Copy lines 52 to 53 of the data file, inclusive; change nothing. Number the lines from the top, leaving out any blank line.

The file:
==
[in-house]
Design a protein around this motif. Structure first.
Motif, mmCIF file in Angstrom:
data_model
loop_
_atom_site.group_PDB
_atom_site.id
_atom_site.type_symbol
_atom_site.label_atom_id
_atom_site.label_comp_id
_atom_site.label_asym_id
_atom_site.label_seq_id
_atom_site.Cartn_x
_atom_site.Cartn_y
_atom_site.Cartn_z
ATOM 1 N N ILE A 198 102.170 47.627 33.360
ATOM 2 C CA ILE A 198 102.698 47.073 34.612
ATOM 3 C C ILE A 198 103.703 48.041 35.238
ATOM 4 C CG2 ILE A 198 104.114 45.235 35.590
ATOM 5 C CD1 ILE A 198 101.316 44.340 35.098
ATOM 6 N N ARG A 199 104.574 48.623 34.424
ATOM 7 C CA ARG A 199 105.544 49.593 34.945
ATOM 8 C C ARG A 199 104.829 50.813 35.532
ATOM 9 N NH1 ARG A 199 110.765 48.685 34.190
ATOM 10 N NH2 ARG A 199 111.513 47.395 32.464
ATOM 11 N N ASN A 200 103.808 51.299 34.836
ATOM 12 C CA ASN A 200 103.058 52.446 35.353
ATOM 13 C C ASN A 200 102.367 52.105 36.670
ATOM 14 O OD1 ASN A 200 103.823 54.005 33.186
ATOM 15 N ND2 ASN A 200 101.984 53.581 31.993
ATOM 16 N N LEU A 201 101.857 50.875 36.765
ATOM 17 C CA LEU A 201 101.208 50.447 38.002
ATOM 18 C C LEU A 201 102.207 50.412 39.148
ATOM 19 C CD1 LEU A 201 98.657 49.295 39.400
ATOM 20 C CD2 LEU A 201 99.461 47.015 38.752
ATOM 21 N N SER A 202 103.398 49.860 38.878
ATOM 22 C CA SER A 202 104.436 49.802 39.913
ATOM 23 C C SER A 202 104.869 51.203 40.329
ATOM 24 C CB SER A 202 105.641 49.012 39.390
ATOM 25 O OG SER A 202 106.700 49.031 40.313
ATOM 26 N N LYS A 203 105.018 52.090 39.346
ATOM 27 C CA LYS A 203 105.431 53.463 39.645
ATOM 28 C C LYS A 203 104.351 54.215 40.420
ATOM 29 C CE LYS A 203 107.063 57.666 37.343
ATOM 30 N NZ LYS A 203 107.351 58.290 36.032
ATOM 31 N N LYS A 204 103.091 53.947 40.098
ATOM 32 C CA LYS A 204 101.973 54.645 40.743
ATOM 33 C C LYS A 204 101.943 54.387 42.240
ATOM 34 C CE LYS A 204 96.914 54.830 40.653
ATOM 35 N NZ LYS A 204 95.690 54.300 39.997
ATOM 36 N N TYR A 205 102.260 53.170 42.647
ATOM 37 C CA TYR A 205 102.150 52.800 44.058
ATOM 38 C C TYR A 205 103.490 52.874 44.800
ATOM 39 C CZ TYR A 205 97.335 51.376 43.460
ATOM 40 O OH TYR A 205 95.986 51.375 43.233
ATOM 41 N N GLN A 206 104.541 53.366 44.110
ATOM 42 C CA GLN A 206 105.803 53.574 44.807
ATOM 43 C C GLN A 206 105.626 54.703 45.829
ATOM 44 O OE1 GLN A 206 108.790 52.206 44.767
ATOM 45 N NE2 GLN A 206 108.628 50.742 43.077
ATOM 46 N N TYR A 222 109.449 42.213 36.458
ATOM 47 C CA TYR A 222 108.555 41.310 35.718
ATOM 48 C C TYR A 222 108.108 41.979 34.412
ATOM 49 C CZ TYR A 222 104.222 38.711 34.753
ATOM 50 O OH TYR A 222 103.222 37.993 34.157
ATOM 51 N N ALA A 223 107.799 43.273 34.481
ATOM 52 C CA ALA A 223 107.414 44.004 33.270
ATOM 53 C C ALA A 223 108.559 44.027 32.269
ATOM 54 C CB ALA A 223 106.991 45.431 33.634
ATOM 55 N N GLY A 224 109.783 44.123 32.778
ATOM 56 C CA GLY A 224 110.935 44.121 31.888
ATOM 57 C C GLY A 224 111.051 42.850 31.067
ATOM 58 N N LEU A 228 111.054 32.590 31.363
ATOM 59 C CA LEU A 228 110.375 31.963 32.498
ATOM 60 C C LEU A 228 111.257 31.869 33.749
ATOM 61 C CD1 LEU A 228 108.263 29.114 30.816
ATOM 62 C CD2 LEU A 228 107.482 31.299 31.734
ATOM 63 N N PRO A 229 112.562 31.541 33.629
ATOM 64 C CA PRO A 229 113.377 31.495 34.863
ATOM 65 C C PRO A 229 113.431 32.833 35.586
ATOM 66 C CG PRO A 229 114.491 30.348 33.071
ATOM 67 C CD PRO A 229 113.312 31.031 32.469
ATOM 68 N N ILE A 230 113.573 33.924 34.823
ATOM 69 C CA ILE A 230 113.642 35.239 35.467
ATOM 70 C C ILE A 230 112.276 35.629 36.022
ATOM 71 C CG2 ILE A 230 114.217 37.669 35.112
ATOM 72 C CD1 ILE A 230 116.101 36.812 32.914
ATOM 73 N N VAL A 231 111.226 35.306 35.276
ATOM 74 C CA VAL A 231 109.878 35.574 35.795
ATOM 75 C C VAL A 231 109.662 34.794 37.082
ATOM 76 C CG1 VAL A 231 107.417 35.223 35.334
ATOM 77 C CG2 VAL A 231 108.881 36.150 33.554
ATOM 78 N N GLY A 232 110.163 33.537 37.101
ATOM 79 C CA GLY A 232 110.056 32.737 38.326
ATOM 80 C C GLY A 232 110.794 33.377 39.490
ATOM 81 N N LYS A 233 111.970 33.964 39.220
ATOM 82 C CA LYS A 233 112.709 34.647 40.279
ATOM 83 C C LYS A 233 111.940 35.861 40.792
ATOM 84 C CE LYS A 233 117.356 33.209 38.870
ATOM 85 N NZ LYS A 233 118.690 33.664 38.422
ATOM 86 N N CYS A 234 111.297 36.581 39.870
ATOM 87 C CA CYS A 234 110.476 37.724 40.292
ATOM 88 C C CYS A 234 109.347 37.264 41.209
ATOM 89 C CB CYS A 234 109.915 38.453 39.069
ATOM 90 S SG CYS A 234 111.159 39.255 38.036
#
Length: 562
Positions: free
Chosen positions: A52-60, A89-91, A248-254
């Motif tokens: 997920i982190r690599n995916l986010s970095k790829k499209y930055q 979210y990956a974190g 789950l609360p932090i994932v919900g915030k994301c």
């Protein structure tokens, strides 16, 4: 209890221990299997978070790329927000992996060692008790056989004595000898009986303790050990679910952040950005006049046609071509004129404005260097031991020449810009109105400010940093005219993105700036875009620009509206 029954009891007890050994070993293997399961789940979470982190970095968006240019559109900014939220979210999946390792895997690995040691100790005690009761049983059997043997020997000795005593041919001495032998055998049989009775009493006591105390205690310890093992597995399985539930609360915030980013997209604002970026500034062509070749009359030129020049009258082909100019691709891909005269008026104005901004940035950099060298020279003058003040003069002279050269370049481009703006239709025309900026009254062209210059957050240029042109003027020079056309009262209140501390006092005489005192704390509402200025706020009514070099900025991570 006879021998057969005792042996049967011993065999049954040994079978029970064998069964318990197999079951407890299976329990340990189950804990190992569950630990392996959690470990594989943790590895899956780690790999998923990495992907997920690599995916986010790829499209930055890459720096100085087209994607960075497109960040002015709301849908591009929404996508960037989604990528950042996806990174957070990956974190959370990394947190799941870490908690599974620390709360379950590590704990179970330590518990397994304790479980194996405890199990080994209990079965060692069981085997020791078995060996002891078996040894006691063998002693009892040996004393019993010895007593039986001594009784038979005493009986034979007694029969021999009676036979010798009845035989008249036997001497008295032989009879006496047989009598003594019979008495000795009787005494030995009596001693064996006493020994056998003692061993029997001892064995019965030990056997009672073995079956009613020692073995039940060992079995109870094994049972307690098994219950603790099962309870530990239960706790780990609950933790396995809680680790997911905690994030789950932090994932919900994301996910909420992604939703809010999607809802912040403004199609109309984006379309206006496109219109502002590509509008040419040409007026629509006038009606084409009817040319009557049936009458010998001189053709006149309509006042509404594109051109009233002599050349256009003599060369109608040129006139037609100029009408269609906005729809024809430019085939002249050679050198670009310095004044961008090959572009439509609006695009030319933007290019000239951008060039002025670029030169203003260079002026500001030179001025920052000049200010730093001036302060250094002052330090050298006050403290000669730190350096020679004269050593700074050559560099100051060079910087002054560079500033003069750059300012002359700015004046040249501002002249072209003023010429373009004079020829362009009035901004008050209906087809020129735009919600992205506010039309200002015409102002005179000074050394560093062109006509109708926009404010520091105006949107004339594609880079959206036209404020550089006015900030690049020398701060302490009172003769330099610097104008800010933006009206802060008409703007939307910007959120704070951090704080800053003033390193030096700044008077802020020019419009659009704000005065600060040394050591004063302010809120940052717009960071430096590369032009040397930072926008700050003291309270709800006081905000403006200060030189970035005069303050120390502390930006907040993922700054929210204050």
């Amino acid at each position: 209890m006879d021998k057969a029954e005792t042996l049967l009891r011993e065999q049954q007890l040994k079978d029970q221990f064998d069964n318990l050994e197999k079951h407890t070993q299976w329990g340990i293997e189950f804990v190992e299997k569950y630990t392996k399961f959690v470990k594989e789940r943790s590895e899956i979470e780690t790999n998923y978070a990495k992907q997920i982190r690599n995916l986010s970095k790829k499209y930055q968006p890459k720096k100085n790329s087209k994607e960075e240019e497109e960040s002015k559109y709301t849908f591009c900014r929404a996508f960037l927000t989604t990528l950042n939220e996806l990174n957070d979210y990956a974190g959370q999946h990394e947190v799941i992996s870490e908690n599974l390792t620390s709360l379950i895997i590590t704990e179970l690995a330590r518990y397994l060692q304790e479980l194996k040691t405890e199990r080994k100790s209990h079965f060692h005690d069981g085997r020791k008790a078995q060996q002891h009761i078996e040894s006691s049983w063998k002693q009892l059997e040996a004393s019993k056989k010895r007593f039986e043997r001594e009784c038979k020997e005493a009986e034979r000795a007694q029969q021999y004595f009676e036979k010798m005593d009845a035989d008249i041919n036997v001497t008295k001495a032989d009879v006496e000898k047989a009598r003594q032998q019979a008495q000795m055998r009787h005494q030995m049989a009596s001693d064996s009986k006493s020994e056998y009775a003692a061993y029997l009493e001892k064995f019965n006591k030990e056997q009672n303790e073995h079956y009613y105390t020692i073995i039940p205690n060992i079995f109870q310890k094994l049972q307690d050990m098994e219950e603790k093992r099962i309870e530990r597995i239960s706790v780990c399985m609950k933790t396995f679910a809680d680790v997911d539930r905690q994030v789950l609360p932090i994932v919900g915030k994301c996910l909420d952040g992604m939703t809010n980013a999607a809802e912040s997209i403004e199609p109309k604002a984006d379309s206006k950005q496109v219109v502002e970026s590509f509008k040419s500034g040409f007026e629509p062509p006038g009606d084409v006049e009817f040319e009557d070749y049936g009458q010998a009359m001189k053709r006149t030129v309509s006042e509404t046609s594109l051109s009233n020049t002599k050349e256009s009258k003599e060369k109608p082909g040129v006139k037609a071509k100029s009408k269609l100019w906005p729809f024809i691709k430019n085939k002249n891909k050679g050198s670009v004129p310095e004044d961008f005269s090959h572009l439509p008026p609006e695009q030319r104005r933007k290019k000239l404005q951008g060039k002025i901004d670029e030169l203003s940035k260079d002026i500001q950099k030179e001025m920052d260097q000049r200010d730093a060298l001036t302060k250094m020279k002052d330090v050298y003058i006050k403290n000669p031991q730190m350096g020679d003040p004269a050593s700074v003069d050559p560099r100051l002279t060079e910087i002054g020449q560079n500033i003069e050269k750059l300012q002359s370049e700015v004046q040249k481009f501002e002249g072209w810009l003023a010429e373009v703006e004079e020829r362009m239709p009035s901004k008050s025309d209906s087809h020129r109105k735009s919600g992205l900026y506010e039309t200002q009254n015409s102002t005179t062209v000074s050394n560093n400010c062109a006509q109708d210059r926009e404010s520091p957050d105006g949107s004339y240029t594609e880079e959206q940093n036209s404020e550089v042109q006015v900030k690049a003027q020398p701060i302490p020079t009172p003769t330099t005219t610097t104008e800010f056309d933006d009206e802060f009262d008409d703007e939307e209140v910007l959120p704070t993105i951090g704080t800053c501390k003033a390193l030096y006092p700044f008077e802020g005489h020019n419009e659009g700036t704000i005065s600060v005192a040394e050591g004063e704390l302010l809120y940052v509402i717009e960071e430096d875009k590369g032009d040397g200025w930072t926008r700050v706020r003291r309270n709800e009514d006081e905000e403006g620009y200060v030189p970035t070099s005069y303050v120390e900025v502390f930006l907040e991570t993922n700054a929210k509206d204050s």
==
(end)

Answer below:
ATOM 37 C CA TYR A 205 102.150 52.800 44.058
ATOM 38 C C TYR A 205 103.490 52.874 44.800